C&binet forum 2009 opened with a discussion led by Newsweek’s Stryker McGuire, who interviewed a panel consisting of Secretary of State Ben Bradshaw MP, Wired UK editor David Rowan and c&binet ambassador Professor Phil Redmond about the state of the creative economy.

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The Secretary of State revealed that the growth of the UK’s creative economy endured the recession, despite some of the problems caused by a shrinking advertising market and defended the role of government spending on culture, arguing that a £1 investment by the DCMS delivers a £5 return in terms of economic activity stimulated. David Rowan echoed this positive outlook by arguing that the UK punches above his weight in every area of the creative sector but he suggested that SMEs have too little access to government (something that c&binet can play a role in remedying), which was a theme he carried through to his presentation of the Creative Economy in 2010 exhibition. Rowan also pointed out that copyright issues were not the only issue which government needs to address, referring to the risk of creative brain drain and arguing that the industry needed to move on from discussions about copyright. The Secretary of State replied that it was only possible to move on once some sort of solution had been reached.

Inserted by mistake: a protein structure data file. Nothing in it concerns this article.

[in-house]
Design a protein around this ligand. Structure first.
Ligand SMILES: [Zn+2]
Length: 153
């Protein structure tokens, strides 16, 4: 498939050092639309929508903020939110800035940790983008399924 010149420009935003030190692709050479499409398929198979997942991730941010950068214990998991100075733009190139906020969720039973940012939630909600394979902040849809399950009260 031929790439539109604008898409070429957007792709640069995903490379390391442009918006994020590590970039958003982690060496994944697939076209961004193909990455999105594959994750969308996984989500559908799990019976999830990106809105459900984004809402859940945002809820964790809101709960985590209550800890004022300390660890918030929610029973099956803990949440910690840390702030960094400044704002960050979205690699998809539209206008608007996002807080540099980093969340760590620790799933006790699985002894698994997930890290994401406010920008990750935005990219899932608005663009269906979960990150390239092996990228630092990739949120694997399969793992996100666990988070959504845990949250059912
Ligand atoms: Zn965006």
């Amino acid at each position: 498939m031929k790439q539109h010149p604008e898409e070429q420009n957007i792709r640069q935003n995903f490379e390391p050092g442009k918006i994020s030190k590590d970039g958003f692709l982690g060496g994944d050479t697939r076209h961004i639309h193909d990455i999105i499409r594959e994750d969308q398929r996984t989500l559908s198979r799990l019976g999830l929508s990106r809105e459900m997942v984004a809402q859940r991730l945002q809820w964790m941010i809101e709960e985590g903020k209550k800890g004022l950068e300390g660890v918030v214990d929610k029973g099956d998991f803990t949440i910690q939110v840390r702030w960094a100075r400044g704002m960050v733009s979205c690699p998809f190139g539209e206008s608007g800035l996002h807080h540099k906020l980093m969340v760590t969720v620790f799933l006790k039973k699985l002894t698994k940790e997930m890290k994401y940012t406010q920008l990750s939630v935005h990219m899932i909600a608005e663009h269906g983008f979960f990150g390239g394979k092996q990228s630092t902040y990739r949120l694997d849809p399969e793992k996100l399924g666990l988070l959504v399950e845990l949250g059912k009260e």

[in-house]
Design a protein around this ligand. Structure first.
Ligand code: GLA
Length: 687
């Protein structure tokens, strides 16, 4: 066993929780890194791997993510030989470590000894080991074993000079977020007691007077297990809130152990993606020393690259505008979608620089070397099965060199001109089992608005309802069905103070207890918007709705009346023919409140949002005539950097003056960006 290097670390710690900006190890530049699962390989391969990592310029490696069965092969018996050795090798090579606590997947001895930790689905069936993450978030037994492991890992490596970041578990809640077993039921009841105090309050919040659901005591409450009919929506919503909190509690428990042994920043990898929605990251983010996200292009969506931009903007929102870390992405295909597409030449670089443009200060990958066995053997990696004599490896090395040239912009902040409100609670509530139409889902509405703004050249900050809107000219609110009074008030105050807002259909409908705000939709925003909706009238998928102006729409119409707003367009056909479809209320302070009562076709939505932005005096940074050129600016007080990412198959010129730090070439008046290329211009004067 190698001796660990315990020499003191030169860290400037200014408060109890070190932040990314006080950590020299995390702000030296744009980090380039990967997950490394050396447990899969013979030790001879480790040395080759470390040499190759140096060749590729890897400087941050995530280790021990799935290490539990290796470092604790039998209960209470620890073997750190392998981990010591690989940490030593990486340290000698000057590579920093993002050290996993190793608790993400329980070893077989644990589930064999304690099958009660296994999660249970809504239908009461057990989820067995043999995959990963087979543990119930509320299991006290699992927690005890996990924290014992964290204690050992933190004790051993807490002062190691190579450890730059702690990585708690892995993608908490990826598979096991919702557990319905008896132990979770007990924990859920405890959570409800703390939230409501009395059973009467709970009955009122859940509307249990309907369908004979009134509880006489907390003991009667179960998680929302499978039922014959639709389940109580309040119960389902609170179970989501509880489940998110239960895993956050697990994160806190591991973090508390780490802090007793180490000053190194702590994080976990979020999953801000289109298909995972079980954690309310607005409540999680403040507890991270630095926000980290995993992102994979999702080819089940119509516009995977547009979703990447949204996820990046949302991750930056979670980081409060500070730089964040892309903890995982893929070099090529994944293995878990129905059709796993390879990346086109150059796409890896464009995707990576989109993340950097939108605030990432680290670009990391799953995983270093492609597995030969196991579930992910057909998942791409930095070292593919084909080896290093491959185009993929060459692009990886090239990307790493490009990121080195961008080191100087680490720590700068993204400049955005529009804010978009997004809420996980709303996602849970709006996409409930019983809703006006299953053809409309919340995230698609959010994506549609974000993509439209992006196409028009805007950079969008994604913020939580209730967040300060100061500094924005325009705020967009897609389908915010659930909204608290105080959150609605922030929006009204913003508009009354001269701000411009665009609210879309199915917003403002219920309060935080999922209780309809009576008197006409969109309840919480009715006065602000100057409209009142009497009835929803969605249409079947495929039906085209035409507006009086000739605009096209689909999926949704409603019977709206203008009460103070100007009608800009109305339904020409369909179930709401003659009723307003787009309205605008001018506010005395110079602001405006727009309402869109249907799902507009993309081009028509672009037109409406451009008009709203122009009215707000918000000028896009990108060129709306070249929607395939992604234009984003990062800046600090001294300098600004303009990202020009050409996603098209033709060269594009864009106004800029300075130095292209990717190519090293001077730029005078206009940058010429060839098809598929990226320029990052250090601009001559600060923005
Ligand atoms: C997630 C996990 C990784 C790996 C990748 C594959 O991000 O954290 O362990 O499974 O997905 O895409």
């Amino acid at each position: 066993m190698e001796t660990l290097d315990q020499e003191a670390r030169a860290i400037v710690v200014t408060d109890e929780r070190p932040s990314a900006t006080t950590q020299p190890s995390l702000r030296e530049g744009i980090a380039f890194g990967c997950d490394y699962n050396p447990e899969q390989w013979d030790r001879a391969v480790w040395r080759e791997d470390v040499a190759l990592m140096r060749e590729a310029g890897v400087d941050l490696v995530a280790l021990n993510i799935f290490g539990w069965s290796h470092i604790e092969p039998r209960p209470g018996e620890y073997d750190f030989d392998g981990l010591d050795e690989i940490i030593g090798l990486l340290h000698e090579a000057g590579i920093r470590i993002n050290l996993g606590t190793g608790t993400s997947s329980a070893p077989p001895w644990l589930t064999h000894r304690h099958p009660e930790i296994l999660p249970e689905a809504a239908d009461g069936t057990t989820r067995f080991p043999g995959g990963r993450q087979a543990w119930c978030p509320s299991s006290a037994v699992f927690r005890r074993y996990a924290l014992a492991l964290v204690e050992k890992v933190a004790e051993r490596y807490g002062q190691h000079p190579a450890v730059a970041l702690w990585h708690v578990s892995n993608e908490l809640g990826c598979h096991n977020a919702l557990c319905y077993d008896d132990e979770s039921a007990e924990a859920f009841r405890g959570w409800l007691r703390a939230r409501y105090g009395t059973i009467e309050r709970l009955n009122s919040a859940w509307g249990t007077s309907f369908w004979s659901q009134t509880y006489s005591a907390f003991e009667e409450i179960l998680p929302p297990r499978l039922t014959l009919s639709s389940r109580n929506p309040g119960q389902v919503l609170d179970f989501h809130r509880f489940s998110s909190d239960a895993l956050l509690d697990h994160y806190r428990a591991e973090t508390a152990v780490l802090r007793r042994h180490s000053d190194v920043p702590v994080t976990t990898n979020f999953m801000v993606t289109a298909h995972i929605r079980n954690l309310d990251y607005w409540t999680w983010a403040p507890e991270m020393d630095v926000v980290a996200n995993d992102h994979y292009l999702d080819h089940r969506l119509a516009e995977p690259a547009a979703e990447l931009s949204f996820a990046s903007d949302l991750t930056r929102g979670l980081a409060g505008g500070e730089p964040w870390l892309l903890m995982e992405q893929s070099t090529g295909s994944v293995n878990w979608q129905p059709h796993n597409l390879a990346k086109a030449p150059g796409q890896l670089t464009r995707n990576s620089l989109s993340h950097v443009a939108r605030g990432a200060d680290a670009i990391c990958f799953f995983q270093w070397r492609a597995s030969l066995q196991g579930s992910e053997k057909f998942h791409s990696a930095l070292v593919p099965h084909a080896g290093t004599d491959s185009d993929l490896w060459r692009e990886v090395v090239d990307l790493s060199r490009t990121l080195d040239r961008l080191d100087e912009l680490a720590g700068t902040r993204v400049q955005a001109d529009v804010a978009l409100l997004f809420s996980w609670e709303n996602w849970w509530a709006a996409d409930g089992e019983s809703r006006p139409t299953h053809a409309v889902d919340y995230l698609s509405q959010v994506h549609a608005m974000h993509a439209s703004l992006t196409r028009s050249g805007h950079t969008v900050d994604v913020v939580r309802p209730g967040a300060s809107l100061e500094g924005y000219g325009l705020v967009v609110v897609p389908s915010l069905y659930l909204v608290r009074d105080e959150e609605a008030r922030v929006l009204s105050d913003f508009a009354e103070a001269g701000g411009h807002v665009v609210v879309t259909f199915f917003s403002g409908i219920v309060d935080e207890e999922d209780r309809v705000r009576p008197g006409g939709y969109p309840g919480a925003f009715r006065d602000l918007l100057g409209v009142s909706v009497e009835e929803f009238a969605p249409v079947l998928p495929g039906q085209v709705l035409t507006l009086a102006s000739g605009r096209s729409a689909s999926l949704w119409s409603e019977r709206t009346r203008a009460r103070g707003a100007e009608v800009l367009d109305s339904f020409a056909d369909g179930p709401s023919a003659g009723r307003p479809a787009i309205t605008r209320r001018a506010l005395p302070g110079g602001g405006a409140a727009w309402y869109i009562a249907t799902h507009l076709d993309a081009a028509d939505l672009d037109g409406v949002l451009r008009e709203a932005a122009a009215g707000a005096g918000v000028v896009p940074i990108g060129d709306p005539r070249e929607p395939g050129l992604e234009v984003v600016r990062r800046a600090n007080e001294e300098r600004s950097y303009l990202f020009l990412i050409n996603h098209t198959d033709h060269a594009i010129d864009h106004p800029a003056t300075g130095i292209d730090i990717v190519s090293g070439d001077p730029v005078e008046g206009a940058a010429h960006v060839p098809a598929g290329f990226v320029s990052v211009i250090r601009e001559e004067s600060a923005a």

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Phil Redmond argued that the digital age represents a unique opportunity for creatives to engage with their consumers directly, which he believes every creative business person is excited about. He also tried to put the current disruption in an historical context, suggesting that the media industry had always struggled against restrictive practices and regulatory regimes. David Rowan said the recent use of Twitter to overturn legal injunctions against the Guardian newspaper’s attempts to report Parliamentary questions showed that technology couldn’t be tamed. The same would hold true for the copyright challenge, he said. Stryker McGuire concluded by speaking up for the performance of Britain’s creative entrepreneurs, who he said had exploded the myth that Britain doesn’t do entrepreneurialism.

Following on from the opening discussion was a debate on illegal file sharing, moderated by Tim Suter